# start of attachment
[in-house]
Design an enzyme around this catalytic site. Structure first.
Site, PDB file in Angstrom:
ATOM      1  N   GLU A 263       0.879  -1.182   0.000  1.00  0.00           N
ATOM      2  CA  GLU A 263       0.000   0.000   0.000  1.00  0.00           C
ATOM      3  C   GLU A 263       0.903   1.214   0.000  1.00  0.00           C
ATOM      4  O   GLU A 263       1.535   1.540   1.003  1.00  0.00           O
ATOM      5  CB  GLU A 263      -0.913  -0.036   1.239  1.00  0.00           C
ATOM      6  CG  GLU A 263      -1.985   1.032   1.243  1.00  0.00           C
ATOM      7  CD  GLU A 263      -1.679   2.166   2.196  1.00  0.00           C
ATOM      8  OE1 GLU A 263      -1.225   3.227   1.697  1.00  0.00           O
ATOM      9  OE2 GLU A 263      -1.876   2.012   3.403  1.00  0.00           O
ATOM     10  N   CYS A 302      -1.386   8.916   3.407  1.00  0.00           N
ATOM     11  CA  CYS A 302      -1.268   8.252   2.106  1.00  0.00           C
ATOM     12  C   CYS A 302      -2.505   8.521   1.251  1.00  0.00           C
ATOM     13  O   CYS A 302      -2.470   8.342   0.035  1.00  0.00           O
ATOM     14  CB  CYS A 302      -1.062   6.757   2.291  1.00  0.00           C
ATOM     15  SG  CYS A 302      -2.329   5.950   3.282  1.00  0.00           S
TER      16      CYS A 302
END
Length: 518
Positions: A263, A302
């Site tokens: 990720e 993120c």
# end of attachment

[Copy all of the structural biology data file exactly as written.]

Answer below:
[in-house]
Design an enzyme around this catalytic site. Structure first.
Site, PDB file in Angstrom:
ATOM      1  N   GLU A 263       0.879  -1.182   0.000  1.00  0.00           N
ATOM      2  CA  GLU A 263       0.000   0.000   0.000  1.00  0.00           C
ATOM      3  C   GLU A 263       0.903   1.214   0.000  1.00  0.00           C
ATOM      4  O   GLU A 263       1.535   1.540   1.003  1.00  0.00           O
ATOM      5  CB  GLU A 263      -0.913  -0.036   1.239  1.00  0.00           C
ATOM      6  CG  GLU A 263      -1.985   1.032   1.243  1.00  0.00           C
ATOM      7  CD  GLU A 263      -1.679   2.166   2.196  1.00  0.00           C
ATOM      8  OE1 GLU A 263      -1.225   3.227   1.697  1.00  0.00           O
ATOM      9  OE2 GLU A 263      -1.876   2.012   3.403  1.00  0.00           O
ATOM     10  N   CYS A 302      -1.386   8.916   3.407  1.00  0.00           N
ATOM     11  CA  CYS A 302      -1.268   8.252   2.106  1.00  0.00           C
ATOM     12  C   CYS A 302      -2.505   8.521   1.251  1.00  0.00           C
ATOM     13  O   CYS A 302      -2.470   8.342   0.035  1.00  0.00           O
ATOM     14  CB  CYS A 302      -1.062   6.757   2.291  1.00  0.00           C
ATOM     15  SG  CYS A 302      -2.329   5.950   3.282  1.00  0.00           S
TER      16      CYS A 302
END
Length: 518
Positions: A263, A302
């Site tokens: 990720e 993120c």